This week, however, temperatures have been higher that usual for this time of year. Suddenly I have seen all sorts of people outside: kids playing in the sprinklers, people reading books on the stoop, others socializing. Many of the houses here were built without much insulation, and even those who have decent insulation and some fans are not accustomed to high temperatures. Heat waves in an area with normally mild temperatures can bring people out and socializing with neighbors and passers-by. On one short walk to the grocery store I passed a man yelling across the street to offer a neighbor a cold beer, and then talked to some children who were picking strawberries from their front-yard garden.

I hope by the end of this walk to have some other thoughts to share about the lack of porch-sitters, and what might change the situation. As usual, any opinions are welcome!



  1. Eric Fischer said

    Not that it probably has much application to residential sections of Berkeley, but City Comforts recently had an item about a smoking ban having the unintended effect of making Seattle’s sidewalks more sociable:

    My own theory is that what is missing is a critical mass of pedestrians: there have to be enough people on the sidewalks doing things to make it more interesting to look out at them than to read a book or watch TV or something else inside.

  2. Georgia said


    I am a member of the Professional Porch Sitters Union. It’s quite informal, but lots of fun. I have not held too many meetings, but I love sitting on my stoop, when I have time (and when it’s warm). (See my post on August 8, 2006.)

    I am intrigued by the dead cell phones utility pole. Where is it located? My brother told me that bees and other animals are being negatively affected by cell phone technology. I have seen posters against the siting of new cell towers in South Berkeley. Last week I was chastised for using my phone in the laundry-mat last; the gentleman said I was killing bees and other creatures. It’s a very interesting topic and I hope you write more about it.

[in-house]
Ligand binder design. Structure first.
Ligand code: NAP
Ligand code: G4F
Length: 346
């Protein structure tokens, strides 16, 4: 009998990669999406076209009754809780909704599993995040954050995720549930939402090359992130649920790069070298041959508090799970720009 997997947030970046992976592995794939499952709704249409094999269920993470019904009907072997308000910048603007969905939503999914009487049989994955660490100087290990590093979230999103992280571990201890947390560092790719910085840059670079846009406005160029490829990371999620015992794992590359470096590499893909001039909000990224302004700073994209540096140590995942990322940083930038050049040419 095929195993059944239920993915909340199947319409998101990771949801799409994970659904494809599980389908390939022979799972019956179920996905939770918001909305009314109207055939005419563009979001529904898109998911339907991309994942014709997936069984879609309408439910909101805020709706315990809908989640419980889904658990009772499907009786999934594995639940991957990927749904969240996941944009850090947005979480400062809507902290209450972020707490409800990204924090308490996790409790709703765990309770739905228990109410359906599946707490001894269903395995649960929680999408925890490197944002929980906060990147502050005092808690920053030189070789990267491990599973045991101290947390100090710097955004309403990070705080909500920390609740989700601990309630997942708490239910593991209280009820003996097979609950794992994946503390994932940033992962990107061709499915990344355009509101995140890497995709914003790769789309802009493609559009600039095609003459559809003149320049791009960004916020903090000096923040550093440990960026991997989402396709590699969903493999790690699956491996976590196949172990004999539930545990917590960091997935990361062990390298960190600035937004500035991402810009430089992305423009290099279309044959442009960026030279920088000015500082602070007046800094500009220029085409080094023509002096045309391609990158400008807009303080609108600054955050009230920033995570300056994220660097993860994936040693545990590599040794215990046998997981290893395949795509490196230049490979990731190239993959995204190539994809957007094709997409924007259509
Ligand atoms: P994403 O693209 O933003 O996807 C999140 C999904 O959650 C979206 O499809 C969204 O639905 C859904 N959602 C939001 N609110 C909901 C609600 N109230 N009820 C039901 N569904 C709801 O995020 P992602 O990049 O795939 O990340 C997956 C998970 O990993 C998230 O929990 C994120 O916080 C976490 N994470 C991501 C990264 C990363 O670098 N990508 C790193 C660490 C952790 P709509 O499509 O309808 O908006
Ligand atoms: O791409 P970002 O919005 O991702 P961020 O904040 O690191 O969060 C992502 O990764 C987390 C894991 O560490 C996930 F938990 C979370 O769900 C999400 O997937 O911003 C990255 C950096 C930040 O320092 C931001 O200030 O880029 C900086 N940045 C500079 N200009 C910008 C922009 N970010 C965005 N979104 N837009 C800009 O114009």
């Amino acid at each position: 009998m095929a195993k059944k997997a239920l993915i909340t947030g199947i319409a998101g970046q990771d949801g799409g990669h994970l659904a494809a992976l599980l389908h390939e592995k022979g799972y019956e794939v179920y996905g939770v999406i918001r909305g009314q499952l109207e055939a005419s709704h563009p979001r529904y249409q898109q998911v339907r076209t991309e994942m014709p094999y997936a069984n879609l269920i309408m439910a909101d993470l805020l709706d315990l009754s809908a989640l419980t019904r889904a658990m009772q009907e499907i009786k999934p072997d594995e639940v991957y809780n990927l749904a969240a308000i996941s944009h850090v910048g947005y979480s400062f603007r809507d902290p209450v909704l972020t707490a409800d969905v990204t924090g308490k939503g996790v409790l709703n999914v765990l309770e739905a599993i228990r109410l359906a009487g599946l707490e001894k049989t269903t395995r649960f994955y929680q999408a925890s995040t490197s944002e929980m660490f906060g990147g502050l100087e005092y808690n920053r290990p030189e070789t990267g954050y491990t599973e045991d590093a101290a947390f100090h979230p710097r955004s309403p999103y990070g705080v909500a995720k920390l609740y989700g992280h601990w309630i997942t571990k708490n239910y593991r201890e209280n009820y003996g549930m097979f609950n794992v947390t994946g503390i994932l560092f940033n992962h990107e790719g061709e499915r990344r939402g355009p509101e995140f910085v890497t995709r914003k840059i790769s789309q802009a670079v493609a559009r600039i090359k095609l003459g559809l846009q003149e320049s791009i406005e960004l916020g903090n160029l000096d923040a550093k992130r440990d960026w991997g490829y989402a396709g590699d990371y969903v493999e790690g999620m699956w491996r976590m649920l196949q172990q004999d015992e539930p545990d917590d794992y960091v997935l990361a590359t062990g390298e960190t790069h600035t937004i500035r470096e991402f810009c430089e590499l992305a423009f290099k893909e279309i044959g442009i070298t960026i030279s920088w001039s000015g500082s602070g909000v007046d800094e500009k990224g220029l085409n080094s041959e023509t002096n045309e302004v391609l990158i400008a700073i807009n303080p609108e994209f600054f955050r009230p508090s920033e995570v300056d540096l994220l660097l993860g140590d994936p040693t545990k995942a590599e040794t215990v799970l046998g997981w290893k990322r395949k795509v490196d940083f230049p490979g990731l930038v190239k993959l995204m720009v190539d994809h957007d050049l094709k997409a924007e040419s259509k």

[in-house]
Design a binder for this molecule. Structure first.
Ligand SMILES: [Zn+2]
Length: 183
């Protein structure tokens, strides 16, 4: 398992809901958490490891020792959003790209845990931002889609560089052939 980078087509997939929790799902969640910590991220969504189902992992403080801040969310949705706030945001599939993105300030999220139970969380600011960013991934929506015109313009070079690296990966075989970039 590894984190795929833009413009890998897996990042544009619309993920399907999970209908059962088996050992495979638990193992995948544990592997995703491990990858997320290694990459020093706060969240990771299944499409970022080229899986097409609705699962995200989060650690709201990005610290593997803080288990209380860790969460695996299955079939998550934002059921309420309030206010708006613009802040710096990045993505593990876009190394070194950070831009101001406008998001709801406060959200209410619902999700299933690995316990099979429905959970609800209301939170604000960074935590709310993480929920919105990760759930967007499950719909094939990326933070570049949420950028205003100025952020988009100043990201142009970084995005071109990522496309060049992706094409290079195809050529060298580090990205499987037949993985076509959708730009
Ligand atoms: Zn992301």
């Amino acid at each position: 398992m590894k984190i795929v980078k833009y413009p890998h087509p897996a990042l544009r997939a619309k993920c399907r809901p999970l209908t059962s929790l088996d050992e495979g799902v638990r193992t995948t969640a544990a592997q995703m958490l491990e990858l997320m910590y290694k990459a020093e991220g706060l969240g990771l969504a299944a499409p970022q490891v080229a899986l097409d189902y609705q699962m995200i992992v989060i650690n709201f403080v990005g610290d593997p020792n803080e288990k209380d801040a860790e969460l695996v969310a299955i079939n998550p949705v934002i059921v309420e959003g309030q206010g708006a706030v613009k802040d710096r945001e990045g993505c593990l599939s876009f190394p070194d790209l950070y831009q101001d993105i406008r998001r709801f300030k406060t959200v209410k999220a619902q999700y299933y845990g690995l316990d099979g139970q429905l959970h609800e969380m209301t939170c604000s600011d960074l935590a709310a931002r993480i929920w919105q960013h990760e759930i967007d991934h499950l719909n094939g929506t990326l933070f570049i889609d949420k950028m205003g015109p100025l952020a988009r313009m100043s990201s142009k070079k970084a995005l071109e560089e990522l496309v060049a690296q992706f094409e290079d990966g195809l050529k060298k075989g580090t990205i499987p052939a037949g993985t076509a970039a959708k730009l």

3. Spike said

    As a loather of mobile phones, that is my favourite of all your photos.

  4. […] response to my post about Front Porches, Georgia at Local Ecologist noted that she is a member of the Professional Porch Sitters Union, an […]

  5. I’ve been meaning to respond to this post for a while. I know that in my case the reason I don’t sit on my porch is because I wasn’t raised that way. I was raised in town that was incorporated in 1898 so it has a mix of Victorians, Craftsmans and others like Berkeley does. It has porches. But it was a sedate suburban town. People interacted with their neighbors, but it wasn’t considered polite to “conduct your business” in your front yard. Children would play in the front yard, people would garden, but you wouldn’t hang out in your front yard. You hung out in your back yard where you could get a little privacy as well as give your neighbors a little break from having to deal with your recreation if they didn’t want to.

    That has meant a huge culture shock for me living in Southwest Berkeley as I have for the last 7 years. People hang out on their porches, hang out on the sidewalk, hang out on their small front lawns, hang out in front of their apartment blocks. I think of it as a big difference between cultures. I’m guessing that in the case of Latinos it comes from the zocalo/plaza culture and in the case of many African-Americans, it comes from Southern cultural traditions. It’s really different from my Irish-Italian suburban upbringing, though! I think there are some socio-economic as well as ethnic cultural differences at play here.

  6. […] In terms of architectural elements of houses in Berkeley, I’ve talked a little about front porches, windows and what can be see through them, and fences and gates. Lately, for some reason, I have […]